Essentially the question is whether we want to move to something closer to the USA, where Washington DC exerts far greater power as a central authority than most people can imagine Brussels doing.
I have included some notes below that go far beyond the demands of the current AS level (since they were written with the old one in mind, though I have tried to update them) but should provide some help in supporting your arguments about what future direction the EU should takeread more...»
If you didn’t watch Osama: Shoot to Kill on Ch4, it is worth catching on 4OD over the next month or so.
Like most TV documentaries it is takes slightly too long to get the information over, but what I found especially fascinating as part of the film was how those at the top echelons of what is an almost incestuous inside the beltway culture kept the manoeuvre secret .
Shame there hasn’t been an accompanying film looking at the significance of 9/11 and subsequent events in geo-political terms.
I don’t know how many blog users access the site for PSHE related stuff, but here are details of something I did with my 3rd form today.
I try to make the subjects topical to what is going on at the the time and the 10th anniversary of 9/11 was pretty obvious.
With access to a projector, most questions on the worksheet can be covered.read more...»
With the 10th anniversary of 9/11 coming soon we can expect a raft of related features and documentaries, but Shoot to Kill on Channel 4 is highlighted by a number of Sunday papers as the documentary of the week…
The third in the superb new series of eBook by Andrew Ellams focuses on environmental politics. Key topic coverage is listed further below.read more...»
The fourth in a series of new eBooks for A Level Politics by Andrew Ellams is dedicated to the subject of International Development. Contents covered by this new study guide are listed further below.read more...»
Here’s a really well written comment piece by Gary Younge. It doesn’t say much about the power of big business as the byline would suggest, but does rather convincingly argue that national politicians are fairly powerless in the face of overriding global economic conditions.
On Twitter I have been posting links to news stories that are an essential daily read for students of Politics that I have come across as part of my personal reading on the web.
This type of heads up on what is in the news is not a substitute for students doing their own reading, but I know that for many students it is the case that there is so much information freely available on the web that it is not always easy to discriminate between items in terms of their direct relevance to the syllabus. This is where the posts are supposed to fill the gap. Just a couple of links each day, and if students have time to read more then they can use these stories as a starting point for further browsing.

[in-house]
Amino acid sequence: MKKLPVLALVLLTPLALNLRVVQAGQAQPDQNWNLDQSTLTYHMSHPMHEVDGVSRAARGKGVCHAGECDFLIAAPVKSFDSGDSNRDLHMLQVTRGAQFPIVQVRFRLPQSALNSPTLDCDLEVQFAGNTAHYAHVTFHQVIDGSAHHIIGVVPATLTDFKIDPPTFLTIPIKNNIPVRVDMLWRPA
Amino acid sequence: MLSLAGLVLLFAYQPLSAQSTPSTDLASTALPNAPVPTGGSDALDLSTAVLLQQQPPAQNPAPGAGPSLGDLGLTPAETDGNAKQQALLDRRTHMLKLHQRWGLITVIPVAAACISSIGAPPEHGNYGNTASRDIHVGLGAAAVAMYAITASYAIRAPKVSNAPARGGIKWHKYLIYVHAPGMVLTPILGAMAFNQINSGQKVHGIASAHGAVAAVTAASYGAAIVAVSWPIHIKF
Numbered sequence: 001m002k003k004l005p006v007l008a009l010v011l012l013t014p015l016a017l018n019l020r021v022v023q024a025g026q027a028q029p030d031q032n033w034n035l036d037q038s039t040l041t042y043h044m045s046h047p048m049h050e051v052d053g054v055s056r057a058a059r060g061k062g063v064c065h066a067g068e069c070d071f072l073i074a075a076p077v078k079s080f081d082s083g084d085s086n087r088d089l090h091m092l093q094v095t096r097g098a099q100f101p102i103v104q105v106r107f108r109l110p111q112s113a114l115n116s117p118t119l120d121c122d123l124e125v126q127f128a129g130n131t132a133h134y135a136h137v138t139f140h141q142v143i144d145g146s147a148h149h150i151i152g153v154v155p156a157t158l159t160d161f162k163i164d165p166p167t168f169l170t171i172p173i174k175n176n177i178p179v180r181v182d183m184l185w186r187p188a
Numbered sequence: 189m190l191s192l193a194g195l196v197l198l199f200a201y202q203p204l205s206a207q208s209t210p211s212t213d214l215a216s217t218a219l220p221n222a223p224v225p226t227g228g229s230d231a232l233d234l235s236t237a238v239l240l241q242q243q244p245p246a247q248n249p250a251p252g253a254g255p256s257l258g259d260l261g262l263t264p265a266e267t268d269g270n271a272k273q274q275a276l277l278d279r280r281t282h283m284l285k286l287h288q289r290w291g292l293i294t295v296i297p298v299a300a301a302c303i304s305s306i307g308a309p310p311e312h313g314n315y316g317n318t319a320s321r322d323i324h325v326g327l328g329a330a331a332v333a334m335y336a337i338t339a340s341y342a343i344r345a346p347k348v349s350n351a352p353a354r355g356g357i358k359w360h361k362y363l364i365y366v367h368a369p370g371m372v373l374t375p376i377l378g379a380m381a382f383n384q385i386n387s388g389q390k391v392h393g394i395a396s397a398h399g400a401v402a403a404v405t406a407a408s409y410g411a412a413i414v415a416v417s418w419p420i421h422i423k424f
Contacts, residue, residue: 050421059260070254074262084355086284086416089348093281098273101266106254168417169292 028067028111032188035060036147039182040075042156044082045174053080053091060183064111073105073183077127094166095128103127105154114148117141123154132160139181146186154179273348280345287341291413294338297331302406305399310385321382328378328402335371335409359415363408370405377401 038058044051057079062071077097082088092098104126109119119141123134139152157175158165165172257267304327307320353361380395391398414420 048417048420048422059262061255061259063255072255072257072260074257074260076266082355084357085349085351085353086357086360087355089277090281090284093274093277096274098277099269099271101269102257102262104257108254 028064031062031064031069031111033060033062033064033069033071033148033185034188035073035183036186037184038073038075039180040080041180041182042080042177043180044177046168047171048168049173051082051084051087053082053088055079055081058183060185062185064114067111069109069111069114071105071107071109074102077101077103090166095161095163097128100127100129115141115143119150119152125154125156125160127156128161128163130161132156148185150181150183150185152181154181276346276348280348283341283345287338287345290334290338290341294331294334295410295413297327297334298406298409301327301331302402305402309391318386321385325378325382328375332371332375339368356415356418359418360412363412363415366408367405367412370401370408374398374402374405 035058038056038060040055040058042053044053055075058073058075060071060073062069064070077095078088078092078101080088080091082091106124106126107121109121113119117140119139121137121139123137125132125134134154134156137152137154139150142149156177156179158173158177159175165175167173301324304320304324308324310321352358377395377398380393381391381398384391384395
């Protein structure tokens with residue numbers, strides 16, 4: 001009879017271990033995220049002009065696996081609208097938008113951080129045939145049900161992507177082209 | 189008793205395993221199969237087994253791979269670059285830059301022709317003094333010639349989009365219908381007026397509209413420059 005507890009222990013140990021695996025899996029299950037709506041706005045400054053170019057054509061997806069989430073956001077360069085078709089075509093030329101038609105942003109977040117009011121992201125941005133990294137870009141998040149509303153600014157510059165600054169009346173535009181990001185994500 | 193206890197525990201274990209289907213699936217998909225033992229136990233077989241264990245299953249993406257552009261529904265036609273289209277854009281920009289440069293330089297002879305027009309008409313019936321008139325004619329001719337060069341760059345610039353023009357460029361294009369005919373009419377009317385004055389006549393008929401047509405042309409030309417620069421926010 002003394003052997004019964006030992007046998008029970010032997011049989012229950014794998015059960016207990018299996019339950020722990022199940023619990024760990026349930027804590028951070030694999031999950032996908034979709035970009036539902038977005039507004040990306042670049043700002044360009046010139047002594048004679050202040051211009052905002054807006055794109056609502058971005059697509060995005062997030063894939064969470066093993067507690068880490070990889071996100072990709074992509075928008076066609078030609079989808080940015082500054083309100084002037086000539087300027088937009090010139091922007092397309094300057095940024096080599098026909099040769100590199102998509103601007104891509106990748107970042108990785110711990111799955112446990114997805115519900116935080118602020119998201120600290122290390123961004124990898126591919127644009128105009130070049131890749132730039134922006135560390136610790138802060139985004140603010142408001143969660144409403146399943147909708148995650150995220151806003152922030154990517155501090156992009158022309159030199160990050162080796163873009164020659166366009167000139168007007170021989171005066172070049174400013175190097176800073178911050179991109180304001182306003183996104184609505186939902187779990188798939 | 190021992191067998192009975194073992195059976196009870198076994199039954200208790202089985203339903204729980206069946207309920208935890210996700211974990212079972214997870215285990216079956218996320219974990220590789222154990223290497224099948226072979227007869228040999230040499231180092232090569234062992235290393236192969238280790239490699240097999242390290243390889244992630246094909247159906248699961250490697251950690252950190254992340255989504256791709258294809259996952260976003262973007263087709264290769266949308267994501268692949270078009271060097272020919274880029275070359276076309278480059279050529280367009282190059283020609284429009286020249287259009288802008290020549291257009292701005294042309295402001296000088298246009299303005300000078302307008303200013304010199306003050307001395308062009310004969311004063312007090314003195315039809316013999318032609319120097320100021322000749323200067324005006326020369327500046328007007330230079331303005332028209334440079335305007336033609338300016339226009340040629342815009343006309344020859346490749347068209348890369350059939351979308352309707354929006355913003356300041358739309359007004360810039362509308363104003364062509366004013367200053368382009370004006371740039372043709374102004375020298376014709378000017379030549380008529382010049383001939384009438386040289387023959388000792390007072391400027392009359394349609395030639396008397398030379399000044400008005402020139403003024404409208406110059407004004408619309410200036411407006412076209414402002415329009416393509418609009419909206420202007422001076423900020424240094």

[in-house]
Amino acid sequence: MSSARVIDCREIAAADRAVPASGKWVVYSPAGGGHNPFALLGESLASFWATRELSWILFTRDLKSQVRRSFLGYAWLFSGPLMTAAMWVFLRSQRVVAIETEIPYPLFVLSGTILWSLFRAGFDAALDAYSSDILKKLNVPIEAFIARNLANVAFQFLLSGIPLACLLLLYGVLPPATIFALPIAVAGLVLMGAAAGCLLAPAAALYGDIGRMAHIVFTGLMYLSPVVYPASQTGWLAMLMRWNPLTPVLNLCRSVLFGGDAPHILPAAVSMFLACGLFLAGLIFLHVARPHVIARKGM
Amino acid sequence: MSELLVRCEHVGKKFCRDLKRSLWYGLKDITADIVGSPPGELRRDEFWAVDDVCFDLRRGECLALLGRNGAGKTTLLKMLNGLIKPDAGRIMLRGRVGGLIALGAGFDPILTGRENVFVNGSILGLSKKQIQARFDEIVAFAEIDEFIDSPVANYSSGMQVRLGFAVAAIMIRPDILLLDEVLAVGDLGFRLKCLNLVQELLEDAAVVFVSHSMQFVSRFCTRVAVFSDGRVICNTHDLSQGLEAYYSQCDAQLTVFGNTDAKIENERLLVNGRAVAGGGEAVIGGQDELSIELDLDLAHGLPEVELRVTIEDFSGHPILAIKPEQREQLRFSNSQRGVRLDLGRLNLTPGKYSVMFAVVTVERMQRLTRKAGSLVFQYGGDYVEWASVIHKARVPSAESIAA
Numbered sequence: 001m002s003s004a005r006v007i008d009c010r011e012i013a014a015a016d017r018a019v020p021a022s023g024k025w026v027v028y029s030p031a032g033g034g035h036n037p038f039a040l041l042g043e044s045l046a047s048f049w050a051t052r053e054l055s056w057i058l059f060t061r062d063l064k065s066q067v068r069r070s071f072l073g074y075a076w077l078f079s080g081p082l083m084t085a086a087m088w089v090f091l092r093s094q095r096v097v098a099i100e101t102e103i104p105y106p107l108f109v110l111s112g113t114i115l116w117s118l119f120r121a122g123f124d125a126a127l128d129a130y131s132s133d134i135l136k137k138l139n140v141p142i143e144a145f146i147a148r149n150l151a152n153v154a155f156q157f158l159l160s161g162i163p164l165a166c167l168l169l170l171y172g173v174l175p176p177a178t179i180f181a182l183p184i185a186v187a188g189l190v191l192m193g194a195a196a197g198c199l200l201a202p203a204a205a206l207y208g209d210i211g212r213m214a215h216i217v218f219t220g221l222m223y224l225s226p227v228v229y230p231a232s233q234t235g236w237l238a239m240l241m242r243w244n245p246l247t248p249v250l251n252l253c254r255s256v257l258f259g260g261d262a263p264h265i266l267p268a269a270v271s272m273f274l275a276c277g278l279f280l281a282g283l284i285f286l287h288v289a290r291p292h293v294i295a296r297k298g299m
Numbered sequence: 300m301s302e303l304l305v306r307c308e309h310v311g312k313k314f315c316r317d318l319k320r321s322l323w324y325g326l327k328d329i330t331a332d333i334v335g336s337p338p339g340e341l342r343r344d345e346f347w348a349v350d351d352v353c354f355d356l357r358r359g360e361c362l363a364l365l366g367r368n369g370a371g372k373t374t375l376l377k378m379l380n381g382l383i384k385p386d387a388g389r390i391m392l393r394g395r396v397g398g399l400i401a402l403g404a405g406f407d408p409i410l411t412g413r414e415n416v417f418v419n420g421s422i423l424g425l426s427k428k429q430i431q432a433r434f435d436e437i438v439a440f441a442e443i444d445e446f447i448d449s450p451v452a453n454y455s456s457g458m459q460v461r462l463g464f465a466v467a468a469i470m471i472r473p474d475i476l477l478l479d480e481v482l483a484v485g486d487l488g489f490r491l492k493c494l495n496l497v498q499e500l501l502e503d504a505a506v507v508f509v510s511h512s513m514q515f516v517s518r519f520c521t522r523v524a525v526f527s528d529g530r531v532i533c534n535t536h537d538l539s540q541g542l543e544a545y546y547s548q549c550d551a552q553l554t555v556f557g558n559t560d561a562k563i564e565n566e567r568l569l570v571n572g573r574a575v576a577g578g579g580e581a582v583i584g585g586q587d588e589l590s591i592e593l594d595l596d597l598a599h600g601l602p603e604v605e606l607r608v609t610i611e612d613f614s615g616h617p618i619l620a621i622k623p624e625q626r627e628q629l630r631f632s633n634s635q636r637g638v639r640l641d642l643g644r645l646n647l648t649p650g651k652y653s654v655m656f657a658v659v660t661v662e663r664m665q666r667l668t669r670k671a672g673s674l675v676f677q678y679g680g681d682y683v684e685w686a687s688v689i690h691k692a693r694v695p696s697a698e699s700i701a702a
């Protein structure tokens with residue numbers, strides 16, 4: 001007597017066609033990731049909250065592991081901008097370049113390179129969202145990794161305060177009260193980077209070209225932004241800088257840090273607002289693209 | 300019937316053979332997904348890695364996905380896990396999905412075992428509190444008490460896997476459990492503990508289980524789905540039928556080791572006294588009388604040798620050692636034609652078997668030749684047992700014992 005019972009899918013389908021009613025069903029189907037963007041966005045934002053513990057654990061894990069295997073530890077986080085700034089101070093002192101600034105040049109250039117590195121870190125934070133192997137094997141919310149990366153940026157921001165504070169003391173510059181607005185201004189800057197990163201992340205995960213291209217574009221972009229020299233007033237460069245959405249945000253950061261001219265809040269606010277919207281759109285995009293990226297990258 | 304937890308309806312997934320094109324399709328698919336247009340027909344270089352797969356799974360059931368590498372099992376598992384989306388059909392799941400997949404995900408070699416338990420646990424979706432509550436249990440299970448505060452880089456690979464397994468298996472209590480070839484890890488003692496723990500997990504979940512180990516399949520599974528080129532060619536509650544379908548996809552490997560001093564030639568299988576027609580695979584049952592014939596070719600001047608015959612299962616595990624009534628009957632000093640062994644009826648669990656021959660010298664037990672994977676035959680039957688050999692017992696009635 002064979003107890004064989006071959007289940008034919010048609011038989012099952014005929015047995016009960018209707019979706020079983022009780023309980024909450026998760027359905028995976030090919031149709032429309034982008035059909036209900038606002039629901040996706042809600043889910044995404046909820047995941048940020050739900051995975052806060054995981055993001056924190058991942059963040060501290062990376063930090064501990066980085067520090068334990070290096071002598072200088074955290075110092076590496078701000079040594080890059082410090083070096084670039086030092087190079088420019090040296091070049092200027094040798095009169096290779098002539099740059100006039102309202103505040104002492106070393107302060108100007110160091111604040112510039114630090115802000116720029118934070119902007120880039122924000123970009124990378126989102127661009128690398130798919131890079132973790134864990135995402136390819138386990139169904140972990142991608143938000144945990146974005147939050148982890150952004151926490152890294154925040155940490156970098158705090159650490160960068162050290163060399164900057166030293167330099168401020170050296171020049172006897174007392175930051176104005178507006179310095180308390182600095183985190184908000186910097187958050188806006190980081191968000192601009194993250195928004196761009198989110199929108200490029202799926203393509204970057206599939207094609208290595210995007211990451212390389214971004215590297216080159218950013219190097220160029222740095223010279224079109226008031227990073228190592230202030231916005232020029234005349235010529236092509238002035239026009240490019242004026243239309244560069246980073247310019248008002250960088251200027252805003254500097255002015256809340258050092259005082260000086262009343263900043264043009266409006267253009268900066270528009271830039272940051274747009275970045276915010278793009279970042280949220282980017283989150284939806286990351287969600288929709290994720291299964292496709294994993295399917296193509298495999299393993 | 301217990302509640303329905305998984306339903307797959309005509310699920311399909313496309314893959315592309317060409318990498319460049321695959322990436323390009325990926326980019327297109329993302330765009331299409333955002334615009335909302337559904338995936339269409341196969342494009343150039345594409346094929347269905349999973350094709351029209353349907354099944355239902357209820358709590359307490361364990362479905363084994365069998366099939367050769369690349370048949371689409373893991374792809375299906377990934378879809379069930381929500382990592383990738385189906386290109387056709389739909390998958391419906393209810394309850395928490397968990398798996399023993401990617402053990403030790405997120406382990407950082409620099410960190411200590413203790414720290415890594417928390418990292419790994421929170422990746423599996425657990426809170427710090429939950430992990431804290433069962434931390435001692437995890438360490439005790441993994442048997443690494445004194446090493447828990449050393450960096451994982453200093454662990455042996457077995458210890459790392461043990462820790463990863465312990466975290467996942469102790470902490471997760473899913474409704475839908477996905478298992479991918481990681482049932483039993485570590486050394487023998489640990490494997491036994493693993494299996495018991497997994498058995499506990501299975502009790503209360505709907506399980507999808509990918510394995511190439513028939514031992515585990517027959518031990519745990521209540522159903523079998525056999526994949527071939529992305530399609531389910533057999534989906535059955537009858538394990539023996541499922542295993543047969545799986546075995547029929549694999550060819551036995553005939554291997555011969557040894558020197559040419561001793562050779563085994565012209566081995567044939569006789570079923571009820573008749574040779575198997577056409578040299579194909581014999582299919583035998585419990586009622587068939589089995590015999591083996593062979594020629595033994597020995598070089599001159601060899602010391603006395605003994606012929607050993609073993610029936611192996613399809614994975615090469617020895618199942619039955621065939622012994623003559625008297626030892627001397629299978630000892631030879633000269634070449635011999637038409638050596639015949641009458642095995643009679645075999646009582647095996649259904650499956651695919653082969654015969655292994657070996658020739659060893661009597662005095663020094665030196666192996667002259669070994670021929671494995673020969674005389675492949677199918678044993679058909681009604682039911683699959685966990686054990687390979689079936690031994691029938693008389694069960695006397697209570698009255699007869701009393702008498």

My students have already said they find it useful, and I hope more can.
Follow me on @bgsmacca
A good example here of how the US Constitution allows for the defence of rights and liberties.
OK, many states in the US have passed amendments or penned legislation banning same sex marriage, but it remains the case as Andrew Sullivan once pointed out in a column comparing the UK and US, that in certain states gays can do things that those in the UK can’t, i.e. tie the knot.
New York state may soon join Connecticut, Iowa, Massachusetts, New Hampshire, Vermont and the District of Columbia in allowing same sex marriage. Mass was first off the mark, allowing same sex unions in 2004.
Thus states act as laboratories of democracy (Justice Brandeis) experimenting by pioneering different laws in a way that a unitary state such as the UK cannot.
If you are doing OCR’s comparative paper, answers on the role of judges in different political systems can be developed impressively with reference to the ECJ and ECHR. These are frequently confused and assessment of their role can lack depth.
The Charlemagne column in the Economist provides a handy overview of their place in Europe, with excellent examples and analysis.
This BBC graphic kills a whole multitude of birds with one stone. The split in Sudan as shown by the interactive map can be viewed in several ways: by geography, ethnicity, education, food security and others. All this means that it could come in useful when teaching about culture as a cause of conflict, the clash of civilisations, the difficulty of making seeping assumptions about poverty & development and a whole load more.
BBC Parliament broadcasted an excellent “The Record Europe” programme over the Christmas period. It is something of s shame that the EU has been trimmed from the AS course since I think it is a fascinating political project and in the UK there is a great deal of myth and propaganda about it.
This recording is on iplayer and features the normally controversial Nigel Farage.
If there isn’t time to squeeze it into lesson delivery then I think it is worth considering as an off syllabus project as part of a Politics Society feature. It might also interest Route D followers.
Students often state that one of the reasons Britain is not a true democracy is because prisoners don’t have the right to vote. This is true in the majority of cases, though convicts imprisoned for non-payment of fines do retain their voting rights.
The question of giving prisoners voting rights is an old debating chestnut. See here.